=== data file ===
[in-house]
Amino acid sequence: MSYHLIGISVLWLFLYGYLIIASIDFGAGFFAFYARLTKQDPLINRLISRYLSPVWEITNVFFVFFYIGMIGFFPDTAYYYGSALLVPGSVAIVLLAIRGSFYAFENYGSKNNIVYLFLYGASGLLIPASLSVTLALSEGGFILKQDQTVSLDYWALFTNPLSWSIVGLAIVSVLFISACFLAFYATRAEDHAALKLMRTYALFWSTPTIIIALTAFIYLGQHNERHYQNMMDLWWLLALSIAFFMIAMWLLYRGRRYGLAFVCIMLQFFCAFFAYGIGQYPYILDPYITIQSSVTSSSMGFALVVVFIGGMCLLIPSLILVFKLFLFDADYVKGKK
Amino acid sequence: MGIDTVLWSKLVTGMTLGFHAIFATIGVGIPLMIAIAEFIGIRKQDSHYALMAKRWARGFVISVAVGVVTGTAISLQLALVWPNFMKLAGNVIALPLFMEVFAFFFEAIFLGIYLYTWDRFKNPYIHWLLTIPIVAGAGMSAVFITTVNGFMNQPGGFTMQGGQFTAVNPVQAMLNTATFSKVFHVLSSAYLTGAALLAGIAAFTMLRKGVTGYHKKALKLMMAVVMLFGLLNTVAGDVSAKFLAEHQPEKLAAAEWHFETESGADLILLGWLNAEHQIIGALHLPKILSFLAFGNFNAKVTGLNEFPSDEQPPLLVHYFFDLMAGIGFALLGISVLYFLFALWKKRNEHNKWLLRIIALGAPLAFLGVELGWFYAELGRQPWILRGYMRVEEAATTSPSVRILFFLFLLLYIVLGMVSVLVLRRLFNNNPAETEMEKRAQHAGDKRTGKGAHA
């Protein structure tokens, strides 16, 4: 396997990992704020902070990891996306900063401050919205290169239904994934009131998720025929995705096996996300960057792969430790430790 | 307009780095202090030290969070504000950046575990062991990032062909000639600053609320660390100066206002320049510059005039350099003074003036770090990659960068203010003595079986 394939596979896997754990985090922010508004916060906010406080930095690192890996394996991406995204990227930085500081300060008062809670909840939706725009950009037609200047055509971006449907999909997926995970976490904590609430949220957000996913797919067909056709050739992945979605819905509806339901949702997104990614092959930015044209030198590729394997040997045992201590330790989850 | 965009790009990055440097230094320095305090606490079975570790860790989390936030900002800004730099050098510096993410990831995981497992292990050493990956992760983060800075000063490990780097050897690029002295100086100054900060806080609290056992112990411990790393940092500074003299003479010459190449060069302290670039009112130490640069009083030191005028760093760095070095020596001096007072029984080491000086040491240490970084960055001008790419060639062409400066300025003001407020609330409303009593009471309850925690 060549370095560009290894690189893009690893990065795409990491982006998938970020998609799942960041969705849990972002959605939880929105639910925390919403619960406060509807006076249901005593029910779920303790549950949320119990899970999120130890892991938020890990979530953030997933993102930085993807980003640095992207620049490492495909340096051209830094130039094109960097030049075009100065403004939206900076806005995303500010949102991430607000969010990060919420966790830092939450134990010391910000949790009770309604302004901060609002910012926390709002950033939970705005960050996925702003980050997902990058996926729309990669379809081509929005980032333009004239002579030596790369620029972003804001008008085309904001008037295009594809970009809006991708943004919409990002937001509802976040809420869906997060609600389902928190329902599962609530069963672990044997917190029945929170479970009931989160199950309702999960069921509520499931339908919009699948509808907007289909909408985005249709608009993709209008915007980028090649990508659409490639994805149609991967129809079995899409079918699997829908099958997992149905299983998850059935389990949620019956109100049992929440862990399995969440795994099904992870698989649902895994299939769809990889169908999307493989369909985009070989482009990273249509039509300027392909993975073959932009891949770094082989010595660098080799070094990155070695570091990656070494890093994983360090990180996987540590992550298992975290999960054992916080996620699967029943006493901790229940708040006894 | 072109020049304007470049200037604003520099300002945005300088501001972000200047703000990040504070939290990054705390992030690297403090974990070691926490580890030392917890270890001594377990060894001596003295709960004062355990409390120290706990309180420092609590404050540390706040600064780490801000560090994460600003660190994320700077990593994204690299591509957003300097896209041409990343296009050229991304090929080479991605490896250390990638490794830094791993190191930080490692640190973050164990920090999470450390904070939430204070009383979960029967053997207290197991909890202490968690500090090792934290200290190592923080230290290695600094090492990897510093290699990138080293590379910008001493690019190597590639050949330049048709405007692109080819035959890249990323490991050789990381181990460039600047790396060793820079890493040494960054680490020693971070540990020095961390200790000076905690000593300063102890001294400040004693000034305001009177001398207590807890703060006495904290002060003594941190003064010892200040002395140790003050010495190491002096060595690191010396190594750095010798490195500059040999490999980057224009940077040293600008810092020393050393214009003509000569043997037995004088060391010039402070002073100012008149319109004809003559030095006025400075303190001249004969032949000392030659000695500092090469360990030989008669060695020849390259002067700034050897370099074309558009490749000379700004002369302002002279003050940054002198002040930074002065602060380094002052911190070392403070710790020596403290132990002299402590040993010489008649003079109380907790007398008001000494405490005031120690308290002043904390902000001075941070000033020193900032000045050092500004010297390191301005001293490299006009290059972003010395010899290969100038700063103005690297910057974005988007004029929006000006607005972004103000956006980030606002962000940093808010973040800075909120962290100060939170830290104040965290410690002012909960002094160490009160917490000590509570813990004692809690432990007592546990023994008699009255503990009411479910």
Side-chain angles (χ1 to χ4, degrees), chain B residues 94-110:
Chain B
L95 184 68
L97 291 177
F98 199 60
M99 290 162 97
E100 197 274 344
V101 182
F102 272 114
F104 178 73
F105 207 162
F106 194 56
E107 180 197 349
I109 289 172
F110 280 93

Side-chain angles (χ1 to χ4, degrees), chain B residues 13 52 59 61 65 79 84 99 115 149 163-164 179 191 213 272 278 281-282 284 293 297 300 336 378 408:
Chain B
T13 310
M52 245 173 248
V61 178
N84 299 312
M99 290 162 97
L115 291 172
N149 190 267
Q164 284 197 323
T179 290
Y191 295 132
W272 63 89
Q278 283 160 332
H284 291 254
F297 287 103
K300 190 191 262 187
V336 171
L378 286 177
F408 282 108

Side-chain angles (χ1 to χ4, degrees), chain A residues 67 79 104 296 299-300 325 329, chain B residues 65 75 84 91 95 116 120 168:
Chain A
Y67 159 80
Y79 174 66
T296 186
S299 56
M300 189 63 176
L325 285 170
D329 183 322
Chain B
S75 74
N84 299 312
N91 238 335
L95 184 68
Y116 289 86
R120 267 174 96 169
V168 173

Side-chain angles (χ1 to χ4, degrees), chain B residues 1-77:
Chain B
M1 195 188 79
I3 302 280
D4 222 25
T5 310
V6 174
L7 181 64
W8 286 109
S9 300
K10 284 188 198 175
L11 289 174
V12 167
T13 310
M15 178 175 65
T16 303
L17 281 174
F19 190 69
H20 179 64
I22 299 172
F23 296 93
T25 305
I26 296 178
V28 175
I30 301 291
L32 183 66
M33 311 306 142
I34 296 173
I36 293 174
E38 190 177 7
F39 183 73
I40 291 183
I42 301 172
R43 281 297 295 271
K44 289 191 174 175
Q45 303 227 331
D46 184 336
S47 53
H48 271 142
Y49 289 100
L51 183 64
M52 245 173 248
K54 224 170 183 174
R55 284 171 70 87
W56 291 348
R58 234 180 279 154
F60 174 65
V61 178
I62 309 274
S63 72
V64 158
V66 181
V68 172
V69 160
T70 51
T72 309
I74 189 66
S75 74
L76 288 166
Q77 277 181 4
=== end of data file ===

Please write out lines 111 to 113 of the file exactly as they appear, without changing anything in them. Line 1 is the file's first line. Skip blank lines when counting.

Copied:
T70 51
T72 309
I74 189 66